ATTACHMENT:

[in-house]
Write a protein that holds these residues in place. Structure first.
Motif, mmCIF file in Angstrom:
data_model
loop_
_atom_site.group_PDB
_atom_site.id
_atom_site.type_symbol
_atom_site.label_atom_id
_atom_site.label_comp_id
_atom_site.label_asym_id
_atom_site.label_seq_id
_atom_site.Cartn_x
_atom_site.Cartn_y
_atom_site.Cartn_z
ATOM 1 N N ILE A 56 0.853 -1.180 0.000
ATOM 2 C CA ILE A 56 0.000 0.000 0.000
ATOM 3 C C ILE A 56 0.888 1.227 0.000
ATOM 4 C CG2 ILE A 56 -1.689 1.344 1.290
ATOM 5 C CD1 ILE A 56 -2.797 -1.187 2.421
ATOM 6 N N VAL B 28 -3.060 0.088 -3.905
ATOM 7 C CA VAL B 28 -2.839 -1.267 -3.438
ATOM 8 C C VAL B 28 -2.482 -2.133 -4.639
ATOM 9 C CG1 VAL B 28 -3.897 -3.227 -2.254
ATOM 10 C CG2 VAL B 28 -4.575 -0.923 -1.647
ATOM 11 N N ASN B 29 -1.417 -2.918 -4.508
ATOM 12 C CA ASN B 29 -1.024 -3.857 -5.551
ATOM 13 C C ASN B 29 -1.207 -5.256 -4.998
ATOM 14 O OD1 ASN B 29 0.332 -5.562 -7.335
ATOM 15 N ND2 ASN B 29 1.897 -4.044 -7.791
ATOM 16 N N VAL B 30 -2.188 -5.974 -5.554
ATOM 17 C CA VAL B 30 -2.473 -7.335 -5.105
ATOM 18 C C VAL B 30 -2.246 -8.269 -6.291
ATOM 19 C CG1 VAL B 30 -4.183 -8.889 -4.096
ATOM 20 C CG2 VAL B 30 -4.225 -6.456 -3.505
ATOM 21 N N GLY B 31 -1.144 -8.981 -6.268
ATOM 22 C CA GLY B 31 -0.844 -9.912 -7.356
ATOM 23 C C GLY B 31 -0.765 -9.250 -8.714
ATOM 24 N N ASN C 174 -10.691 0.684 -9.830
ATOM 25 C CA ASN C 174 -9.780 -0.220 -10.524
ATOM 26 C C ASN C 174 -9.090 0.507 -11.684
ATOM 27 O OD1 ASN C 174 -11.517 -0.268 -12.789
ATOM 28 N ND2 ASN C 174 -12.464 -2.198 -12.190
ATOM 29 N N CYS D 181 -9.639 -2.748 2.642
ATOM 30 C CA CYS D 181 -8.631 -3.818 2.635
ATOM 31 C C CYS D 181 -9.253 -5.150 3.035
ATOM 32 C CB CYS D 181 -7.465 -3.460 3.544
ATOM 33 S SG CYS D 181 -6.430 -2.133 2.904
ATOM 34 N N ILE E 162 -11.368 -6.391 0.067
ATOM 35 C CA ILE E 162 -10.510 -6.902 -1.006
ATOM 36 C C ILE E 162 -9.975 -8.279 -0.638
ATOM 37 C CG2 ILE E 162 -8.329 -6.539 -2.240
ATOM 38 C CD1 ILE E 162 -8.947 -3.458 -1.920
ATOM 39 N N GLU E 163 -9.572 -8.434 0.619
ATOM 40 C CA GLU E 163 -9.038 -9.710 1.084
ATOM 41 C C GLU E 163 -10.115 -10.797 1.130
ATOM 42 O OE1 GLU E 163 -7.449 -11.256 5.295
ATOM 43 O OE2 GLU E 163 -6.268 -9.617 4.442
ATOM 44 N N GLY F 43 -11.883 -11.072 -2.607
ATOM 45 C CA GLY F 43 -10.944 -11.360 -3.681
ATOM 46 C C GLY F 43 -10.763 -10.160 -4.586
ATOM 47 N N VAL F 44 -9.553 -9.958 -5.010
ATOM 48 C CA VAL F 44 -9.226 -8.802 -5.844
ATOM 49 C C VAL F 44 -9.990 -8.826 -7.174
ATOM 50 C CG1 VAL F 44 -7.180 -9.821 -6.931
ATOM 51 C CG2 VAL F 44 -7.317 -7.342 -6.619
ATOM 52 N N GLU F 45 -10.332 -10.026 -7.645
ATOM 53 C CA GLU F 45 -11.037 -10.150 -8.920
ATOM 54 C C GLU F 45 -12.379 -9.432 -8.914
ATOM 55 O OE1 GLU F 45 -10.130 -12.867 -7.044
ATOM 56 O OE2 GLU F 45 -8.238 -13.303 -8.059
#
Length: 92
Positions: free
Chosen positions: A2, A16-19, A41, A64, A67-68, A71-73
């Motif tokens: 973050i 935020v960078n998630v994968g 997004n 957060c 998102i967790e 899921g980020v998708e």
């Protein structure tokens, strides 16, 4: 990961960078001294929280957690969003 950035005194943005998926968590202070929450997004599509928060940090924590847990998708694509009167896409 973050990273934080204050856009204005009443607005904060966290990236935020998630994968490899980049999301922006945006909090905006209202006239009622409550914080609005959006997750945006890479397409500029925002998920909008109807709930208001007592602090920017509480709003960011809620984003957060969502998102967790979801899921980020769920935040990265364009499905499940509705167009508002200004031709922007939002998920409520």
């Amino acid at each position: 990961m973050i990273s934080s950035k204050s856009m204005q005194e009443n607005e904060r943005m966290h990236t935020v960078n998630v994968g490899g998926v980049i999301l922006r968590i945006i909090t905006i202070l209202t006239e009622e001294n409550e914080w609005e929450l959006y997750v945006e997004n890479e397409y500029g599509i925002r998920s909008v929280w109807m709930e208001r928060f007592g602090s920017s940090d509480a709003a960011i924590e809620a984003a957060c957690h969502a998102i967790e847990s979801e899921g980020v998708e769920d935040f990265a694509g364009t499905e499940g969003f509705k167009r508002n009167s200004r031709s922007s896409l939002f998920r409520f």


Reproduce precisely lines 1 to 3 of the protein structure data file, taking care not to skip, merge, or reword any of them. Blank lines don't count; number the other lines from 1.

[in-house]
Write a protein that holds these residues in place. Structure first.
Motif, mmCIF file in Angstrom: